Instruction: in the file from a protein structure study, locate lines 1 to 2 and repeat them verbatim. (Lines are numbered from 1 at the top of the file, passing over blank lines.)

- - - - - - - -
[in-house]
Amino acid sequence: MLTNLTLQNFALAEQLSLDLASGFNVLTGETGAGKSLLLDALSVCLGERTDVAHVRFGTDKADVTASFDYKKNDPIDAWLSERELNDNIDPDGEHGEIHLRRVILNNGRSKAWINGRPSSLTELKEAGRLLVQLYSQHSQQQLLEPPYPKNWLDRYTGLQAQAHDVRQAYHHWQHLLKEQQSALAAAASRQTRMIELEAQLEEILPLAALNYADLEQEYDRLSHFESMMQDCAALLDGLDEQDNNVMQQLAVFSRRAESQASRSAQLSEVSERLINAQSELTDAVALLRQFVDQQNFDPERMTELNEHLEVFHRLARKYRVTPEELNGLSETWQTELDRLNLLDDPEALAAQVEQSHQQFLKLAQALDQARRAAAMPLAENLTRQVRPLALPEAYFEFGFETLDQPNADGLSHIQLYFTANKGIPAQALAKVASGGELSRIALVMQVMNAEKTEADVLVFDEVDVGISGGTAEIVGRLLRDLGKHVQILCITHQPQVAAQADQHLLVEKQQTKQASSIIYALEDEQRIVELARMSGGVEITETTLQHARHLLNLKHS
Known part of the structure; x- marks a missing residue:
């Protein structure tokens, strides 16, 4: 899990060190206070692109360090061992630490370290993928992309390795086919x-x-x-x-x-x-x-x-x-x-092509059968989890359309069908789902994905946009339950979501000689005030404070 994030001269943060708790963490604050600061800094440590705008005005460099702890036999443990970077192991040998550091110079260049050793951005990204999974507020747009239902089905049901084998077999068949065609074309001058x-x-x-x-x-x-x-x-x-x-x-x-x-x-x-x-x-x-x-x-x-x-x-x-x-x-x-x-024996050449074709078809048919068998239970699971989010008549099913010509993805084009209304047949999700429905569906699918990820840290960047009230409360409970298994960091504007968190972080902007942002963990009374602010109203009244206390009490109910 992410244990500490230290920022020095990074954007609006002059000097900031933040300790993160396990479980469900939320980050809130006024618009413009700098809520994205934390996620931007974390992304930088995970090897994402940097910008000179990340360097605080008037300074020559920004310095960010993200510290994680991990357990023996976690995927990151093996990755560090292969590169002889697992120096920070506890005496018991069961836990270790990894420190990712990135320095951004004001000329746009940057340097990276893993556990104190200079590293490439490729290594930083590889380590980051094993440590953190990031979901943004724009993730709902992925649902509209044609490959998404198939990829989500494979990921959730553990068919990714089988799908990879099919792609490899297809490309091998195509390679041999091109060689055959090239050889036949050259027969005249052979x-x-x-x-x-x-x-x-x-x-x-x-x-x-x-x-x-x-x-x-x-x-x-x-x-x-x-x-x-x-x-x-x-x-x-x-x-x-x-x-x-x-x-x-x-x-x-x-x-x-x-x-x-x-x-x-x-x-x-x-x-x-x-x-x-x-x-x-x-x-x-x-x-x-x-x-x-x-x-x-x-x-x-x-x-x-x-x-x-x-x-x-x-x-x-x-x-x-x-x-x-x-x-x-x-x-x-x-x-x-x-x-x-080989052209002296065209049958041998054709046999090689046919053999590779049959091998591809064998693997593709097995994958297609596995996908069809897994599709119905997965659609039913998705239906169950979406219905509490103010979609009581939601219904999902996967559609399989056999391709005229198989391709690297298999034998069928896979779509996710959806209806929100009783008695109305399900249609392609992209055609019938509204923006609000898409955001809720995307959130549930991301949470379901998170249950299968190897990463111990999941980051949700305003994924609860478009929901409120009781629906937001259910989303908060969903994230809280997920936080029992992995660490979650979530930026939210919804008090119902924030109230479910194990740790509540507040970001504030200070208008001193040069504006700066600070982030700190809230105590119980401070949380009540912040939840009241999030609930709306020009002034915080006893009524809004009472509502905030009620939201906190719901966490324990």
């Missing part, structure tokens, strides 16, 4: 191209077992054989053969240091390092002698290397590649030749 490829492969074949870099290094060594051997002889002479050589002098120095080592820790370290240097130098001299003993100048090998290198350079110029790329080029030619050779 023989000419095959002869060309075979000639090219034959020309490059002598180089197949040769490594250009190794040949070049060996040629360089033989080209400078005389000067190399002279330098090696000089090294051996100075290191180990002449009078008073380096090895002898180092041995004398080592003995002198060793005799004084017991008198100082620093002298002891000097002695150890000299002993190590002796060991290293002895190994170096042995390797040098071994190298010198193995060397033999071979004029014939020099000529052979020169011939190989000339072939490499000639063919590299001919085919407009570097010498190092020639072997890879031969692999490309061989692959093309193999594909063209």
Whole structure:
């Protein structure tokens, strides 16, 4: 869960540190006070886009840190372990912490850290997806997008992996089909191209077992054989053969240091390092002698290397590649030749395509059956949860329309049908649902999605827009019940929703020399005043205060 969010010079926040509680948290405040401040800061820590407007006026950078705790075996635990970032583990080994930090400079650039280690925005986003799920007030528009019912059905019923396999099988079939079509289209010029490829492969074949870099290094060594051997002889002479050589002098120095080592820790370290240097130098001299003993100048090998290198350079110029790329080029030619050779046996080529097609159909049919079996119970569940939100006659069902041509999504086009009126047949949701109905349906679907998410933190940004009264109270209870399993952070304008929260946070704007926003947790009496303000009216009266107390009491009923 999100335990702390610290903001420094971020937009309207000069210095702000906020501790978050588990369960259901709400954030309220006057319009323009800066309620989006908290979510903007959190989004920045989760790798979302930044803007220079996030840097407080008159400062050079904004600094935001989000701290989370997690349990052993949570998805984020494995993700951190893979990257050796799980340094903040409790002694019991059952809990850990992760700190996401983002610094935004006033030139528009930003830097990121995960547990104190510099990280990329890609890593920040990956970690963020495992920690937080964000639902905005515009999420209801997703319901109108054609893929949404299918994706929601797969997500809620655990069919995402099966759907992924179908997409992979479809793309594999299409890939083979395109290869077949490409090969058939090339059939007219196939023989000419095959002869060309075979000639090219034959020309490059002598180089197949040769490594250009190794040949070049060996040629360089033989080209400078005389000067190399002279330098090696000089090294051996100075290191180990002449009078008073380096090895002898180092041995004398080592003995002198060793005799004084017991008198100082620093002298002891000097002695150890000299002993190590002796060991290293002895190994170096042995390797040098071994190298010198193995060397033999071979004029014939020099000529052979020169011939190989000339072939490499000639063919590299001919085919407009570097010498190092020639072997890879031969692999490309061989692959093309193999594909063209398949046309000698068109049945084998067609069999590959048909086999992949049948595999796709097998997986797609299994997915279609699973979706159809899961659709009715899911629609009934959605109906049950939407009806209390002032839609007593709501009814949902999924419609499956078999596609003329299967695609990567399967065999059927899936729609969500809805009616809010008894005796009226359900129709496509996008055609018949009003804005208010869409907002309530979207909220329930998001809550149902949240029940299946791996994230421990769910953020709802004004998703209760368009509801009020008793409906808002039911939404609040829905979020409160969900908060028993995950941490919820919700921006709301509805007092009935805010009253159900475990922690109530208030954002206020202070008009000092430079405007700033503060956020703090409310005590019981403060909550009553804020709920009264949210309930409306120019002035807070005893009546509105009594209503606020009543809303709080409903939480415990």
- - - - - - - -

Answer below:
[in-house]
Amino acid sequence: MLTNLTLQNFALAEQLSLDLASGFNVLTGETGAGKSLLLDALSVCLGERTDVAHVRFGTDKADVTASFDYKKNDPIDAWLSERELNDNIDPDGEHGEIHLRRVILNNGRSKAWINGRPSSLTELKEAGRLLVQLYSQHSQQQLLEPPYPKNWLDRYTGLQAQAHDVRQAYHHWQHLLKEQQSALAAAASRQTRMIELEAQLEEILPLAALNYADLEQEYDRLSHFESMMQDCAALLDGLDEQDNNVMQQLAVFSRRAESQASRSAQLSEVSERLINAQSELTDAVALLRQFVDQQNFDPERMTELNEHLEVFHRLARKYRVTPEELNGLSETWQTELDRLNLLDDPEALAAQVEQSHQQFLKLAQALDQARRAAAMPLAENLTRQVRPLALPEAYFEFGFETLDQPNADGLSHIQLYFTANKGIPAQALAKVASGGELSRIALVMQVMNAEKTEADVLVFDEVDVGISGGTAEIVGRLLRDLGKHVQILCITHQPQVAAQADQHLLVEKQQTKQASSIIYALEDEQRIVELARMSGGVEITETTLQHARHLLNLKHS